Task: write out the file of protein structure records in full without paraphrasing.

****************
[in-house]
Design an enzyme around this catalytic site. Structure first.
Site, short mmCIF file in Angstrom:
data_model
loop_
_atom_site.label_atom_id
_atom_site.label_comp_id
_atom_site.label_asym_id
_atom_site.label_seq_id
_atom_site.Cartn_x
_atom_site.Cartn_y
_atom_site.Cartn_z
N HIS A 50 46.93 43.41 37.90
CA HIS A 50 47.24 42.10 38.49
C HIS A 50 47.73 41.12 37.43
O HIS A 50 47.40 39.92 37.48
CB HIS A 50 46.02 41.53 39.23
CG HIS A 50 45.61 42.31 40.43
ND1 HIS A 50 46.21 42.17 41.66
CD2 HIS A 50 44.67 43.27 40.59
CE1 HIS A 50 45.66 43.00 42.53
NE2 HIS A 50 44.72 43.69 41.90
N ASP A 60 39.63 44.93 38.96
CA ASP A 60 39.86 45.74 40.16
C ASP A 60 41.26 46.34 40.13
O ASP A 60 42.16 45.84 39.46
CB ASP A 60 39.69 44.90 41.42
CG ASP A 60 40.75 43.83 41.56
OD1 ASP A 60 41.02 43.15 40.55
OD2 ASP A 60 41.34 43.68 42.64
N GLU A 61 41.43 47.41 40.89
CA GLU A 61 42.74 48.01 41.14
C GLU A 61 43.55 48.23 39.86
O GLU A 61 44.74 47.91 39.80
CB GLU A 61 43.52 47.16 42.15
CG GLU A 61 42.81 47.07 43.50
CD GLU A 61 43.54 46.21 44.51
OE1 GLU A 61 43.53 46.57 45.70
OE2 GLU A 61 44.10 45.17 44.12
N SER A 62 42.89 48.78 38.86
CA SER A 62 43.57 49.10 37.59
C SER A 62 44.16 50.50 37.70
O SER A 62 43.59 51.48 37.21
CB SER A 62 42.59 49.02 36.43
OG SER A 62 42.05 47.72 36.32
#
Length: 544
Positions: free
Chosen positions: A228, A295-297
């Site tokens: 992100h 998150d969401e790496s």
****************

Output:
[in-house]
Design an enzyme around this catalytic site. Structure first.
Site, short mmCIF file in Angstrom:
data_model
loop_
_atom_site.label_atom_id
_atom_site.label_comp_id
_atom_site.label_asym_id
_atom_site.label_seq_id
_atom_site.Cartn_x
_atom_site.Cartn_y
_atom_site.Cartn_z
N HIS A 50 46.93 43.41 37.90
CA HIS A 50 47.24 42.10 38.49
C HIS A 50 47.73 41.12 37.43
O HIS A 50 47.40 39.92 37.48
CB HIS A 50 46.02 41.53 39.23
CG HIS A 50 45.61 42.31 40.43
ND1 HIS A 50 46.21 42.17 41.66
CD2 HIS A 50 44.67 43.27 40.59
CE1 HIS A 50 45.66 43.00 42.53
NE2 HIS A 50 44.72 43.69 41.90
N ASP A 60 39.63 44.93 38.96
CA ASP A 60 39.86 45.74 40.16
C ASP A 60 41.26 46.34 40.13
O ASP A 60 42.16 45.84 39.46
CB ASP A 60 39.69 44.90 41.42
CG ASP A 60 40.75 43.83 41.56
OD1 ASP A 60 41.02 43.15 40.55
OD2 ASP A 60 41.34 43.68 42.64
N GLU A 61 41.43 47.41 40.89
CA GLU A 61 42.74 48.01 41.14
C GLU A 61 43.55 48.23 39.86
O GLU A 61 44.74 47.91 39.80
CB GLU A 61 43.52 47.16 42.15
CG GLU A 61 42.81 47.07 43.50
CD GLU A 61 43.54 46.21 44.51
OE1 GLU A 61 43.53 46.57 45.70
OE2 GLU A 61 44.10 45.17 44.12
N SER A 62 42.89 48.78 38.86
CA SER A 62 43.57 49.10 37.59
C SER A 62 44.16 50.50 37.70
O SER A 62 43.59 51.48 37.21
CB SER A 62 42.59 49.02 36.43
OG SER A 62 42.05 47.72 36.32
#
Length: 544
Positions: free
Chosen positions: A228, A295-297
């Site tokens: 992100h 998150d969401e790496s």